Opened in 1970 by the French pastis magnate, the Circuit Paul Ricard occupies a prime spot on the French Riviera between the cities of Marseille and Toulon.
First used for the French Grand Prix in 1971, 2018 marks the return of the Le Castellet venue to the Formula 1 calendar for the first time since 1990, when Alain Prost won his home Grand Prix driving for Ferrari.
A weekend spent watching Formula 1 at the Circuit Paul Ricard is the perfect launch pad for a holiday on the Mediterranean. Apart from Marseille and Toulon, the pretty port towns of Hyères and the famous Saint-Tropez lie close by, while wine fans will find themselves smack bang in the middle of a region that’s world famous for its rosés and spicy, full-bodied reds.
Did you know?
The Circuit Paul Ricard’s distinctive blue and red run-off areas are designed to slow cars down without the need for gravel traps. Made of a mixture of asphalt and tungsten, the blue areas slow cars gradually, while the more abrasive red areas slow the cars more aggressively.
Although the Circuit Paul Ricard does sit alongside the business-oriented Le Castellet Airport, in terms of commercial flights, either Marseille Provence or Toulon Hyères are your best bets – although as both lie over 50km from the track (66km for Marseille, 55km for Toulon) you’ll probably be needing a rental car too. France’s super-quick trains are another option, with Bandol, 20km south of the circuit, the nearest station.
French police are hot on their legal requirements for drivers. Failure to carry a hi-viz vest for everyone in your car, a spare set of bulbs or a warning triangle can all result in a fine, while foreign cars need to show a country code sticker and wear headlight converters if required. However, the law brought in in 2012 requiring drivers to carry a breathalyser in the car now carries no fine.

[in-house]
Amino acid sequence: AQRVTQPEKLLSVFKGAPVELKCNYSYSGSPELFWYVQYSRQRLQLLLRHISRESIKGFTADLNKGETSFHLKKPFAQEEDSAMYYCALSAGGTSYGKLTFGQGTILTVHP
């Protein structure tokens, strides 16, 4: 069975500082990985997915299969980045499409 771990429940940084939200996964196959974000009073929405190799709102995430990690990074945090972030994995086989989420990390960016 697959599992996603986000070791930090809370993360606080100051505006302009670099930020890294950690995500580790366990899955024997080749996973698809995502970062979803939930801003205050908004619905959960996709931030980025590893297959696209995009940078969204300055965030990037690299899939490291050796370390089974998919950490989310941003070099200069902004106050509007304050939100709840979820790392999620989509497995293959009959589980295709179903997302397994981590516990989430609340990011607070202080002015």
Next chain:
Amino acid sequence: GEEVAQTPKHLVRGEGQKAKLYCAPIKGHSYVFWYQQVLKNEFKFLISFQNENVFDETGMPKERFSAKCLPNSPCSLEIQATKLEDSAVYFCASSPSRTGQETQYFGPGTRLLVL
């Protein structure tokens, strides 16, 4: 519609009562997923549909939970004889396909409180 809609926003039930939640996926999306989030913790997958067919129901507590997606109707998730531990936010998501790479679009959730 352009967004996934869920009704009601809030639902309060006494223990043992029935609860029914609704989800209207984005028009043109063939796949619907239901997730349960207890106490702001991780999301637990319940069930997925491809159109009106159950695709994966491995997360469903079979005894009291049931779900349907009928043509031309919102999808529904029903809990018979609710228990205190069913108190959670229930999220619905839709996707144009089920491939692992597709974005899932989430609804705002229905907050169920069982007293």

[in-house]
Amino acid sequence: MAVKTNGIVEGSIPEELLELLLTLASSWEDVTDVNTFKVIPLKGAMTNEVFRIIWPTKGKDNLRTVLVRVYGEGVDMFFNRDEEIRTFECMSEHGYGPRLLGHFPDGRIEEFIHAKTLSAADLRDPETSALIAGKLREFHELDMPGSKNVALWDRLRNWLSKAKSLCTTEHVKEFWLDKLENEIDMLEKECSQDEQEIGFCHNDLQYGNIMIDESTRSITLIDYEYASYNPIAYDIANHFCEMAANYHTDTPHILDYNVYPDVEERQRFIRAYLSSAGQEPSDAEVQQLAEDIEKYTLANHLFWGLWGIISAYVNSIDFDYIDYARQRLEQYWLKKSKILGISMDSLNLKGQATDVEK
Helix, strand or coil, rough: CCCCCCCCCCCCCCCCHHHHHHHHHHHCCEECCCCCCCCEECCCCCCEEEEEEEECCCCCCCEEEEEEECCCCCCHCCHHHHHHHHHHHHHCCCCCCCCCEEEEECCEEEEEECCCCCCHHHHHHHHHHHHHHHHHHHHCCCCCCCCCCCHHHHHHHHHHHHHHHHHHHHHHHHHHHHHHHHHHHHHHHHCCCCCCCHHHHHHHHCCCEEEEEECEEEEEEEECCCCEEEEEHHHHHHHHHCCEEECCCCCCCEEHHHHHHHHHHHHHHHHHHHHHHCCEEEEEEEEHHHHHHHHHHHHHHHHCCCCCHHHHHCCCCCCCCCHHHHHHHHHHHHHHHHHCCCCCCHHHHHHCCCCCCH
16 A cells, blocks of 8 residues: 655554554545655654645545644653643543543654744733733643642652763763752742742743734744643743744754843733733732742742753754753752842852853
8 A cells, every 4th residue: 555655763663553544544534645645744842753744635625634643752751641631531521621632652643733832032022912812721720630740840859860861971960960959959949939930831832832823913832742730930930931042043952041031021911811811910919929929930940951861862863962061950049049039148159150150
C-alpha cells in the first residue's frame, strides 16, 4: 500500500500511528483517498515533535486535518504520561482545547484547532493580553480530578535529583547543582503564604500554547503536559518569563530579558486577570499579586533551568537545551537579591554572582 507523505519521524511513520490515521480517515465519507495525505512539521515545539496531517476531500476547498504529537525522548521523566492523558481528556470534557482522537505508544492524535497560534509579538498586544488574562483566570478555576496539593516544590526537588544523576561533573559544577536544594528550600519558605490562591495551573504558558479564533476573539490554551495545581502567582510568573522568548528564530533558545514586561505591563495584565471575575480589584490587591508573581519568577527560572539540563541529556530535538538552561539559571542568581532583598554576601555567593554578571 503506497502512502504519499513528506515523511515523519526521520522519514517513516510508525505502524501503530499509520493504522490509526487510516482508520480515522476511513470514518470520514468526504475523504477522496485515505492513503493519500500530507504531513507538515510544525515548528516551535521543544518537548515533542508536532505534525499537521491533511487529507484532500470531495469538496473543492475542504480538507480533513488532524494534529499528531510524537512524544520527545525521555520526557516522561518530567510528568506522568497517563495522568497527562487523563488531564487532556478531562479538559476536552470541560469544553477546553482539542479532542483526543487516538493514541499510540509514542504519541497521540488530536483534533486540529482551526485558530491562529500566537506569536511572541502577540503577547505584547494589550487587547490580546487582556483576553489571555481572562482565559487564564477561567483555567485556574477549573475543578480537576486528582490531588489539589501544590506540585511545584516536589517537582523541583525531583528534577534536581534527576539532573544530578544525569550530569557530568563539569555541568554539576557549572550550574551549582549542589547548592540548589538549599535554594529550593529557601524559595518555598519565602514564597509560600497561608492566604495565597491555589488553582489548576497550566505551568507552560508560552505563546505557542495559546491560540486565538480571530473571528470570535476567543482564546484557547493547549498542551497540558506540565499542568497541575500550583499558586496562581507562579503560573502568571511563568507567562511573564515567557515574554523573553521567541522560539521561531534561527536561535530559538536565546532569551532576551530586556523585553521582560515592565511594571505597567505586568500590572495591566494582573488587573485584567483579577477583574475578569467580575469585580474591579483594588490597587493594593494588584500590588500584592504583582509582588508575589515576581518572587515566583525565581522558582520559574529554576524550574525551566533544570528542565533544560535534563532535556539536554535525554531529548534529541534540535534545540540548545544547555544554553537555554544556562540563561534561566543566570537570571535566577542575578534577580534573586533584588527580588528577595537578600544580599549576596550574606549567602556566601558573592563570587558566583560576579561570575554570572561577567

Where to go?
Staying in Marseille? The city’s domineering Notre-Dame de la Garde basilica is worth a visit, not least for the stunning 360 degree views of the Old Port and surrounding coastline. Given the popularity of the local tipple, a wine tour at one of Provence’s many vineyards wouldn’t go amiss either. And if all that sounds like too much hard work and you just want to lie on a beach, you’re in luck; several of France’s best beaches are within striking distance of the Circuit Paul Ricard. Try Antibes, Les Calanques de Cassis, Marseille’s Prado Beaches, Porquerolles Island, Saint-Tropez or Saint-Jean-Cap-Ferrat’s Paloma Beach.
Where to stay?
The circuit itself has two hotels – the 3-star Grand Prix Hôtel and the luxury Hôtel Du Castellet – although these will most likely get booked up well in advance of the Grand Prix. Most racing punters tend to opt between Marseille and Toulon, both of which offer a wide variety of accommodation.
If history is your thing, a two-hour drive from the Circuit Paul Ricard will take you to Avignon, where seven popes resided between 1309-1377 (and where Jean Alesi was born and still lives). Ornithologists also have a treat in store, with the Parc naturel régional de Camargue, a two-hour drive west of the circuit, hosting one of the largest populations of hypersoft-pink flamingos in Europe between April and September. Need more inspiration? Hit up the Provence-Alpes-Côte d'Azur tourist board.
If you’ve been inspired by the F1 drivers over the weekend, why not book a track day on the same circuit? A number of track day operators use the Circuit Paul Ricard, with some even offering the chance to rent exotic supercars. Alternatively, if you fancy a slower but no less exciting pace, the track also boasts a top-level karting track, featuring the same distinctive blue run-off areas as its big brother.
Circuit Paul Ricard
RDN8 2760 Route des Hauts du Camp
83 330 Le Castellet
Main image & wine image - © C.Chillio - CRT PACA